Since the inception of HomeFront in 2000, domestic violence re-offense rates in Calgary have been cut in half and victim engagement in the justice process has more than doubled. Victims are safer, offenders are being held accountable and families are being given their best chance at a future free from domestic violence. 

HomeFront’s mission is to create  safe community by eliminating domestic violence through direct client services, justice coordination and facilitated community action. 

HomeFront’s sign to help recognize the warning signs of domestic abuse

“There are several signs to be mindful of when interacting with residents and rental properties that may indicate abuse is occurring:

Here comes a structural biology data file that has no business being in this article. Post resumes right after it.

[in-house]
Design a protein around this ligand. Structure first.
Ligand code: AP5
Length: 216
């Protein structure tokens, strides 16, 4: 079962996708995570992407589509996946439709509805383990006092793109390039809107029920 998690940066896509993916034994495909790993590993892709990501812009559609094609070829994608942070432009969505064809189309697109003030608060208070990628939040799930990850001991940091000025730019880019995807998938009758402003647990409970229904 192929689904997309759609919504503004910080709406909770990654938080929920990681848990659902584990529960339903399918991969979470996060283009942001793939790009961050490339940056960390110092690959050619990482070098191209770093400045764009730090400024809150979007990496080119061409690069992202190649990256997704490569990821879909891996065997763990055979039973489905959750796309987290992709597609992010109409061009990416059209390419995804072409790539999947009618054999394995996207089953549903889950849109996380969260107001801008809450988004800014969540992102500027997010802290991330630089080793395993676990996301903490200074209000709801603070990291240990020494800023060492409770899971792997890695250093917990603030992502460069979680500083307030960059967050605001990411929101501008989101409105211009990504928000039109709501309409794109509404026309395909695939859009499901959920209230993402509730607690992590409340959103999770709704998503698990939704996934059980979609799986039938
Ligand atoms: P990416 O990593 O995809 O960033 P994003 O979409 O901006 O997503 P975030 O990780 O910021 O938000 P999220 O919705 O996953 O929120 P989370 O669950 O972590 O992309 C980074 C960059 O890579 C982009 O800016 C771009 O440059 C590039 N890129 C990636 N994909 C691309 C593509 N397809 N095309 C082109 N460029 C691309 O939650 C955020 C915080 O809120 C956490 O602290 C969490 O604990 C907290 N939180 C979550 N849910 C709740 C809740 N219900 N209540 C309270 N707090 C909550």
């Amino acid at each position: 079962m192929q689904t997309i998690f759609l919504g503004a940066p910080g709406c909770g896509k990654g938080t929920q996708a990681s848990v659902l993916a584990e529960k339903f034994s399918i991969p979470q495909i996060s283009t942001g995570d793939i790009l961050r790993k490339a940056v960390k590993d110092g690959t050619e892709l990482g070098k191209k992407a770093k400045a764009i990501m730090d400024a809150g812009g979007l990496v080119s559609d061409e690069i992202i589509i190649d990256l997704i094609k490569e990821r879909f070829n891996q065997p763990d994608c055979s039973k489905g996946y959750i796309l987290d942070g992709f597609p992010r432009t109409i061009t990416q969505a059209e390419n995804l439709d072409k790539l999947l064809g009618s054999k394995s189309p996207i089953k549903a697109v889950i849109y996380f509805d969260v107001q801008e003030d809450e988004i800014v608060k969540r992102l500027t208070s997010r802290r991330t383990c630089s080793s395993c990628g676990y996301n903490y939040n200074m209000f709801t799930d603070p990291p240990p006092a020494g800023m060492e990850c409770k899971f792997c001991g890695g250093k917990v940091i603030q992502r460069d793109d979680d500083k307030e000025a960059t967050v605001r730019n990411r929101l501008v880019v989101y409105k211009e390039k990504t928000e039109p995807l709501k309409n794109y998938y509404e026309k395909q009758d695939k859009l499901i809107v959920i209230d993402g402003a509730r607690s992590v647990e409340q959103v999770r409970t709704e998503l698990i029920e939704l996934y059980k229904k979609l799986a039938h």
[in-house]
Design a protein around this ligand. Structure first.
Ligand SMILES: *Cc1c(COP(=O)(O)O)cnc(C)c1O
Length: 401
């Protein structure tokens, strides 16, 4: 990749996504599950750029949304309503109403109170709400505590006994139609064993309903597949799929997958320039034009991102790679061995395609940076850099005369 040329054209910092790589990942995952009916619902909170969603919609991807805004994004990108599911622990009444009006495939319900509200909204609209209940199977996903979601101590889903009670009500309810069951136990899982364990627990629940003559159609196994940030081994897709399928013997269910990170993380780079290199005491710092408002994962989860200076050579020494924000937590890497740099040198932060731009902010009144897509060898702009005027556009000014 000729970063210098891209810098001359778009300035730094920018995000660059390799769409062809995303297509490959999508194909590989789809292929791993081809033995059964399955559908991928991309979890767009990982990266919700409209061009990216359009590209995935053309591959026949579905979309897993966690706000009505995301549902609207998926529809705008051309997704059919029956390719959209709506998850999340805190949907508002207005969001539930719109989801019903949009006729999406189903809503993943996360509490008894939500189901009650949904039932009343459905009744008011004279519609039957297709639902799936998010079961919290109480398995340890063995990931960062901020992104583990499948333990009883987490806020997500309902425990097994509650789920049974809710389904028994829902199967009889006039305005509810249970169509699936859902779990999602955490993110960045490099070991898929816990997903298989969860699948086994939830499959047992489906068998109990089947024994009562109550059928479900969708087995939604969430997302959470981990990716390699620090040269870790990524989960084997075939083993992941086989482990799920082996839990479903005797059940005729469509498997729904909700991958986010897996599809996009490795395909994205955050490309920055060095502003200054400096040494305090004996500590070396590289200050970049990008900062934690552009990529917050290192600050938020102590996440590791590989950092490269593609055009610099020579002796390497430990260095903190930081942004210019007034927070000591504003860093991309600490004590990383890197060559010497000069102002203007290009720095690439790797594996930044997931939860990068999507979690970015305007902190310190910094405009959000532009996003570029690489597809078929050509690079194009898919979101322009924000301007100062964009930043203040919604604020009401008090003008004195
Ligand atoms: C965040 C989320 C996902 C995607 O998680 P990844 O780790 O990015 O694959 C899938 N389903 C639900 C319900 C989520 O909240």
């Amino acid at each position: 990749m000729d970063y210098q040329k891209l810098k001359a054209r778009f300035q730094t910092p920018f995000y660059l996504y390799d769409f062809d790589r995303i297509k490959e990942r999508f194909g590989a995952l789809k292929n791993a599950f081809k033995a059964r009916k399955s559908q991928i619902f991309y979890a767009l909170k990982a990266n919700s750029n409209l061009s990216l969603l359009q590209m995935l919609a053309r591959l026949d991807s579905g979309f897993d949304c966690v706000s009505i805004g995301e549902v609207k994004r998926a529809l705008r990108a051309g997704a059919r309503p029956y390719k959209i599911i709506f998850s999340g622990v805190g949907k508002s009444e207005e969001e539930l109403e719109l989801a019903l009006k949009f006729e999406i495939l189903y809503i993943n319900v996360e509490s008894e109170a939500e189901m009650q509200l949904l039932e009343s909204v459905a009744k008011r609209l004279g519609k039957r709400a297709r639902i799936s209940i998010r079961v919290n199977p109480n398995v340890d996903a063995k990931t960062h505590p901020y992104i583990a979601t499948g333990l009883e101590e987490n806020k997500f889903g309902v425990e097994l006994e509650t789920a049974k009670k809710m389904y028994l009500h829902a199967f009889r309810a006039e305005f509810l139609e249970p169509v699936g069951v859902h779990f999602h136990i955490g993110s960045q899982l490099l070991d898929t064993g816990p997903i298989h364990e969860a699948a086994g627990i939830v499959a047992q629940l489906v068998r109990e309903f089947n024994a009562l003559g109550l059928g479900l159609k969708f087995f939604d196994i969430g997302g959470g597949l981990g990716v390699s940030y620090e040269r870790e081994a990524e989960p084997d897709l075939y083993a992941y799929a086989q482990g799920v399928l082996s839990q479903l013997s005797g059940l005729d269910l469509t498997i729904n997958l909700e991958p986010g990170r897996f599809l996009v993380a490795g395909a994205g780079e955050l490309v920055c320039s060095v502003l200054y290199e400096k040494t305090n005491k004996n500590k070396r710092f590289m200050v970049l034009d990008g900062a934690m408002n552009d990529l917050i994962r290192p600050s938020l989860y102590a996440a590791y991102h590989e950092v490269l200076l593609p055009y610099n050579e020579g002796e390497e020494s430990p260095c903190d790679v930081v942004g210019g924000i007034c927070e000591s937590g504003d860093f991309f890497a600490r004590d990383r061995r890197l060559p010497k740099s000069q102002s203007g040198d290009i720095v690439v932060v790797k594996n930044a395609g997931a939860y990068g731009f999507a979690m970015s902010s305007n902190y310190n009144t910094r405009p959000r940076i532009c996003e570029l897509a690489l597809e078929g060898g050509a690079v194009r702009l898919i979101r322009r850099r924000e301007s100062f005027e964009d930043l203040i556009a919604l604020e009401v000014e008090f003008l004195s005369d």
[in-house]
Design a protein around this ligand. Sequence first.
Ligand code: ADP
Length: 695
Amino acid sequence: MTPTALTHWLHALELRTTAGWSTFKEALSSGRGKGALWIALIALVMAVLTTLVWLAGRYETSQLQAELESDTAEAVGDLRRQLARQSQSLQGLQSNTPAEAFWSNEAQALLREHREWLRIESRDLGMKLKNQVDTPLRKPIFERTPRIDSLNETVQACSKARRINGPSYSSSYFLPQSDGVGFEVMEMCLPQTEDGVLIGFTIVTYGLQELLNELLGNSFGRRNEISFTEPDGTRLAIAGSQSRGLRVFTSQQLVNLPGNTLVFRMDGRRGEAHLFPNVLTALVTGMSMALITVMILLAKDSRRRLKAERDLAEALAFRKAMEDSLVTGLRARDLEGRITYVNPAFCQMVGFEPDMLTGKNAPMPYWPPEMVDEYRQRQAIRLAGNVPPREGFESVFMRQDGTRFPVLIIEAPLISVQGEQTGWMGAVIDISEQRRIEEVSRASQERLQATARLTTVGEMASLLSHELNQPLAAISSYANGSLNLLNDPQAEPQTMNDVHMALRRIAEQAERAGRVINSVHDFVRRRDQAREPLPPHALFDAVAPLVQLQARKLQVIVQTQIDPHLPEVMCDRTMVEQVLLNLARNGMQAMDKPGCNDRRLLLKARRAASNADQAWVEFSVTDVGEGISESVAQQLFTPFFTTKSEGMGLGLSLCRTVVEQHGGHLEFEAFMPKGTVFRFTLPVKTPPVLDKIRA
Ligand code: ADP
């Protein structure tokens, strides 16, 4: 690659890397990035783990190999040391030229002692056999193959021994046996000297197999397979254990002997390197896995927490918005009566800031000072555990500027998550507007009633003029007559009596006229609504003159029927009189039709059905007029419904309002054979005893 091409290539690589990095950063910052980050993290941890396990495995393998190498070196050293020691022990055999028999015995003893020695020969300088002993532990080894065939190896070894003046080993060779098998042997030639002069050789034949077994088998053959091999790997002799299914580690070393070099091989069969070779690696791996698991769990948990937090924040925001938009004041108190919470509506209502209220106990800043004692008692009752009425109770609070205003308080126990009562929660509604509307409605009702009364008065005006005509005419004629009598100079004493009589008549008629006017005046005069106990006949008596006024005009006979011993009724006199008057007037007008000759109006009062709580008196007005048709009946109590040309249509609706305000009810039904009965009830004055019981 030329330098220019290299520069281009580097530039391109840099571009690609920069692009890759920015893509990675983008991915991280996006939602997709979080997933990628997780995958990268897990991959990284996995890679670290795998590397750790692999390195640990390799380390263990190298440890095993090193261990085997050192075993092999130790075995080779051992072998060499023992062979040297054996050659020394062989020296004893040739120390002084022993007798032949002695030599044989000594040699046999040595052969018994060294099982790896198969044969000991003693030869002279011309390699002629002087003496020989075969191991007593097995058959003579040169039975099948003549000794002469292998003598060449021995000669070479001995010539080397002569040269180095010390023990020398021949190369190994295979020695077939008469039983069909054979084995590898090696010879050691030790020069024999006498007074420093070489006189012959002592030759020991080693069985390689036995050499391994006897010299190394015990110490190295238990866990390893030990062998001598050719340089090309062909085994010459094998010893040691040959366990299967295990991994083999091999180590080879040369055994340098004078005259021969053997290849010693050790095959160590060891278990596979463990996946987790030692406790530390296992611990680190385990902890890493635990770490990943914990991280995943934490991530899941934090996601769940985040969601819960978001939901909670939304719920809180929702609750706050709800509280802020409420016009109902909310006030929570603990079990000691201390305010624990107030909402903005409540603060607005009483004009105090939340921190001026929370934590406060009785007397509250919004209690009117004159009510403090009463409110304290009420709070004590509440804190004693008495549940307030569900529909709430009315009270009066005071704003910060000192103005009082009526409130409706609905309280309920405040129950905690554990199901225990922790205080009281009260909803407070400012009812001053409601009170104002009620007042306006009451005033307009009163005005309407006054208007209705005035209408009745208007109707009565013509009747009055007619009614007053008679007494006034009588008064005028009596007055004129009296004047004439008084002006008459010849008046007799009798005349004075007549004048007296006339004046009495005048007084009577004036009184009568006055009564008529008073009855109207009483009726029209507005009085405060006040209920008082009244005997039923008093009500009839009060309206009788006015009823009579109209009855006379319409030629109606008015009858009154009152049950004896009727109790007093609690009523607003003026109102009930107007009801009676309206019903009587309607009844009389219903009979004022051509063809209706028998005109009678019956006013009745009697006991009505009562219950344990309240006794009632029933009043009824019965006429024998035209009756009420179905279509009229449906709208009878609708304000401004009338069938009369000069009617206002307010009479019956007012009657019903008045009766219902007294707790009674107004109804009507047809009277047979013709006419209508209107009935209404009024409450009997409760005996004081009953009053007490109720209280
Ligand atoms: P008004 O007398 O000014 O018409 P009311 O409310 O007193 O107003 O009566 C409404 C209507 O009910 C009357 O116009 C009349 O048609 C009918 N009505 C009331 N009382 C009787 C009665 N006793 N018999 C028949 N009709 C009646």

• Repeated late payment of rent 
  • Noticeable injuries or signs of cover-up including sunglasses, makeup, or clothing 
  • Change in tenant’s behaviour 
  • Fewer visitors or going out less 
  • Expressions of fear 
  • Noise complaints or concerns expressed by other tenants 
  • Property damage, such as holes punched in walls

By being aware of this complex social problem and informed of the signs of domestic abuse, landlords and property managers can help provide an educated response to residents experiencing violence and refer to them all necessary avenues of support.

“We have a saying at HomeFront which is ‘never miss an opportunity to support a victim in their time of need because it may be the only time they reach out.’ You could be the difference between living a life of safety and health or continued impact by domestic violence. It takes everybody doing their part. It’s as simple as asking someone if they’re okay and listening. You don’t have to be the expert; there are many resources out there.”

– Maggie MacKillop, HomeFront”